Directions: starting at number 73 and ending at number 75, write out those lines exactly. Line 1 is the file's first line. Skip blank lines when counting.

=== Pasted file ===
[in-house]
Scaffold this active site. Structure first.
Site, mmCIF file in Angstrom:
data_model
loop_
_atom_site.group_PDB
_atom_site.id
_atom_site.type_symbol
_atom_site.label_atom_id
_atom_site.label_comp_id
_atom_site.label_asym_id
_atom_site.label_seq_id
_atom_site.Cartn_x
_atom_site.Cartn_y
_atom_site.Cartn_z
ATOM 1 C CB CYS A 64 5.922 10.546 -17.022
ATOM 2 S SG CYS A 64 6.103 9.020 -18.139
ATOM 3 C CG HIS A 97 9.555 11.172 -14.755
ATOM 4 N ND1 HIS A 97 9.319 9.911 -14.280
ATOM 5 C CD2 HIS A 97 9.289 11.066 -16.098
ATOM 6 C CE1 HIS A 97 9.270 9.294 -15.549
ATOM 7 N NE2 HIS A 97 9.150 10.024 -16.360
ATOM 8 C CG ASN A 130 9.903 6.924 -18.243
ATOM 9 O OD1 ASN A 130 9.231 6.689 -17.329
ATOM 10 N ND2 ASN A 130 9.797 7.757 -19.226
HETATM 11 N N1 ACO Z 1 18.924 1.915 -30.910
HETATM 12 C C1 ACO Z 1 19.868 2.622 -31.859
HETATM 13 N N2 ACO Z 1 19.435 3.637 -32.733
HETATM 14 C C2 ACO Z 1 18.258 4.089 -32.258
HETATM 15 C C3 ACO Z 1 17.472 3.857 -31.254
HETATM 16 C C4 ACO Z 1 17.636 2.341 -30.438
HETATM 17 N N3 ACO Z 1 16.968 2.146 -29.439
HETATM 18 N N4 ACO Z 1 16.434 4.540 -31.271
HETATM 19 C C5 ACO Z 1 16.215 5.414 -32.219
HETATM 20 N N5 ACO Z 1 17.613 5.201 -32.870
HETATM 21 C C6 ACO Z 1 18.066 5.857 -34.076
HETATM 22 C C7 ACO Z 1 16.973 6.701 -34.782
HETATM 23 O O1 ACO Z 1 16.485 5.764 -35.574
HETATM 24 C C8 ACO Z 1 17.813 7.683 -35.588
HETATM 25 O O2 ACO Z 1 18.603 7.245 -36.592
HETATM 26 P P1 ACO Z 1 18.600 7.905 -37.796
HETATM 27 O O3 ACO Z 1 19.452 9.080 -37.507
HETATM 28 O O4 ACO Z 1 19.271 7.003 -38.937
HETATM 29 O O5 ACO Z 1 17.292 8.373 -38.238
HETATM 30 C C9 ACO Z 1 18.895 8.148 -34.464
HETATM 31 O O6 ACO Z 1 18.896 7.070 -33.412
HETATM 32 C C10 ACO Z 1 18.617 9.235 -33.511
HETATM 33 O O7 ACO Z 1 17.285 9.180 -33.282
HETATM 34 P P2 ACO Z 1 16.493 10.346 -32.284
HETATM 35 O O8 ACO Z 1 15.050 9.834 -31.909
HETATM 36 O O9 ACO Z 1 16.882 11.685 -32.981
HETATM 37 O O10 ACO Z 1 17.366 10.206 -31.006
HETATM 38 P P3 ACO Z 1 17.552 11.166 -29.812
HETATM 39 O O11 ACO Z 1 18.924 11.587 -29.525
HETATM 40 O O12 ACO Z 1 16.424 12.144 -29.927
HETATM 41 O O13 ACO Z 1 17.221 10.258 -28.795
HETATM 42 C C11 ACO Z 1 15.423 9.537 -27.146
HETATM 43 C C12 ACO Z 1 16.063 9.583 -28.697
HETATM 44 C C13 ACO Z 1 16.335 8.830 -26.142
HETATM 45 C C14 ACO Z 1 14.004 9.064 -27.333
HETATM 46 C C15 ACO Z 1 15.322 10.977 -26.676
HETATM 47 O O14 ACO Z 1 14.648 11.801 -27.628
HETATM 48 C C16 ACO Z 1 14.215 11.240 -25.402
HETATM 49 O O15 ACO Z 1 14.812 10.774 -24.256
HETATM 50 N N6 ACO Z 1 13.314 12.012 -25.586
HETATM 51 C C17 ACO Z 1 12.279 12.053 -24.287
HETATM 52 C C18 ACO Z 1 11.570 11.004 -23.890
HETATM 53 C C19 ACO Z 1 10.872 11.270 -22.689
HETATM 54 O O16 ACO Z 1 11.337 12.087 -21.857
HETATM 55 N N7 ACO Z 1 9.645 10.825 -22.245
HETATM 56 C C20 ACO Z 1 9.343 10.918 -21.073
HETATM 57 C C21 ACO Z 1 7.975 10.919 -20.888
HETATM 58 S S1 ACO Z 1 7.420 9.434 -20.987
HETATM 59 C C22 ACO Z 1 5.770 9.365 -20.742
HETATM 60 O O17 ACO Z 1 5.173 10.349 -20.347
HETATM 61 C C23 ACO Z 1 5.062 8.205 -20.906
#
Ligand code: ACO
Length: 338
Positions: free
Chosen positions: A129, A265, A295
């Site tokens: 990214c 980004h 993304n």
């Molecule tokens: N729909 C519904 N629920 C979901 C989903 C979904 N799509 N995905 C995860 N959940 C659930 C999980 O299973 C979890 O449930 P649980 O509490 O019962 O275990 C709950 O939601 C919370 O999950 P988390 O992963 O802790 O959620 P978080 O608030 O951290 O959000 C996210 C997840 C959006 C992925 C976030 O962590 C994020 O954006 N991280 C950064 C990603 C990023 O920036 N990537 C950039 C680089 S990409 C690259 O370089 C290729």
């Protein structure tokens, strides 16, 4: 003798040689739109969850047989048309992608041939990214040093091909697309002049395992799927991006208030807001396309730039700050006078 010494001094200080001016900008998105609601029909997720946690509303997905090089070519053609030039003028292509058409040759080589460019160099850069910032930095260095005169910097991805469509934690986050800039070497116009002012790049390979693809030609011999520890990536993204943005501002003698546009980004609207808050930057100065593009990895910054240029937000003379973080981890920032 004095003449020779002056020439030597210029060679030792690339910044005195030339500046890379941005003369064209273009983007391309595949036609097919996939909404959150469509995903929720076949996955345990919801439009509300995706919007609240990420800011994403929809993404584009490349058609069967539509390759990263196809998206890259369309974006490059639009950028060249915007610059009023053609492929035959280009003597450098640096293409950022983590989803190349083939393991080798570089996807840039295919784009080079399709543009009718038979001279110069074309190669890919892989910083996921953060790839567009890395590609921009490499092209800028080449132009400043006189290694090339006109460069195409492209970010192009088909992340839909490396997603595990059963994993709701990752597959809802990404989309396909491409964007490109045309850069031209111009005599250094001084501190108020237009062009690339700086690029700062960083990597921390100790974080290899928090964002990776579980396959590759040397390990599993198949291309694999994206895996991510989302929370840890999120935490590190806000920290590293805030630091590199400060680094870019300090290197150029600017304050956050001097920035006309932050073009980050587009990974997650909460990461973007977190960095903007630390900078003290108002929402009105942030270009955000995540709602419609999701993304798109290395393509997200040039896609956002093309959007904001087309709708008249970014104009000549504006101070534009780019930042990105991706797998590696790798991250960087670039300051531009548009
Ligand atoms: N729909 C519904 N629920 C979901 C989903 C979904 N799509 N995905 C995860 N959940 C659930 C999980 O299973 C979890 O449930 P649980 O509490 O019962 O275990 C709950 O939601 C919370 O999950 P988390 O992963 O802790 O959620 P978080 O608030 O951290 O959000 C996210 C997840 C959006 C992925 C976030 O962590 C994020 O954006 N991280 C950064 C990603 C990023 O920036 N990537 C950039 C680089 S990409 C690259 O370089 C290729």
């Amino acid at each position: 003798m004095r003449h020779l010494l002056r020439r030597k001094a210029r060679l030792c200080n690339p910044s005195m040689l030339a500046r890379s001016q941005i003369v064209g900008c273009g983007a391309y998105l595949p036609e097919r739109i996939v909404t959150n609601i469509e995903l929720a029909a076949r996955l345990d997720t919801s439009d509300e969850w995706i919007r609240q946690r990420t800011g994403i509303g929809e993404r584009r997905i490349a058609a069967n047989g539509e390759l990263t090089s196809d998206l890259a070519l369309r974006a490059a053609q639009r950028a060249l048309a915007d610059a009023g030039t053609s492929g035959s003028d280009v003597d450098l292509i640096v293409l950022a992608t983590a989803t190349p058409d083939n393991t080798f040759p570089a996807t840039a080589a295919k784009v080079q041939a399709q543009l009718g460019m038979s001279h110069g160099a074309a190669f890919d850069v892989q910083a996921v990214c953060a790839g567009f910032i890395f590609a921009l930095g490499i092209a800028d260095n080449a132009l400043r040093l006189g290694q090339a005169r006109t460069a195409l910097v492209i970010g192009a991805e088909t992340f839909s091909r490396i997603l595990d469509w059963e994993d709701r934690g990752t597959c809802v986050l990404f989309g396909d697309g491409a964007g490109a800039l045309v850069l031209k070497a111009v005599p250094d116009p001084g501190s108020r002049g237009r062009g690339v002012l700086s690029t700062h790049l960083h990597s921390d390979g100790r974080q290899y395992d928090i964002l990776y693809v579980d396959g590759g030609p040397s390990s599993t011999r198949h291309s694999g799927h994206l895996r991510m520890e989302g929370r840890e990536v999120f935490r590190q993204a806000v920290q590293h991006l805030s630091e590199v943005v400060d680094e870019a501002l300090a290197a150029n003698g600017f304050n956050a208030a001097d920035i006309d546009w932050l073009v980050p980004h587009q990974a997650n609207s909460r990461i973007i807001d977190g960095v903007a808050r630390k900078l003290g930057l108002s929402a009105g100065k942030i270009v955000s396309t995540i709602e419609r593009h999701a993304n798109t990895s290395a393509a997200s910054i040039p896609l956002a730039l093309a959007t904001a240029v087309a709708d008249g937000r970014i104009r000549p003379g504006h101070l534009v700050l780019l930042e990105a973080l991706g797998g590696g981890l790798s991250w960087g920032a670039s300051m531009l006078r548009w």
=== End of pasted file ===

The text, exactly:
HETATM 58 S S1 ACO Z 1 7.420 9.434 -20.987
HETATM 59 C C22 ACO Z 1 5.770 9.365 -20.742
HETATM 60 O O17 ACO Z 1 5.173 10.349 -20.347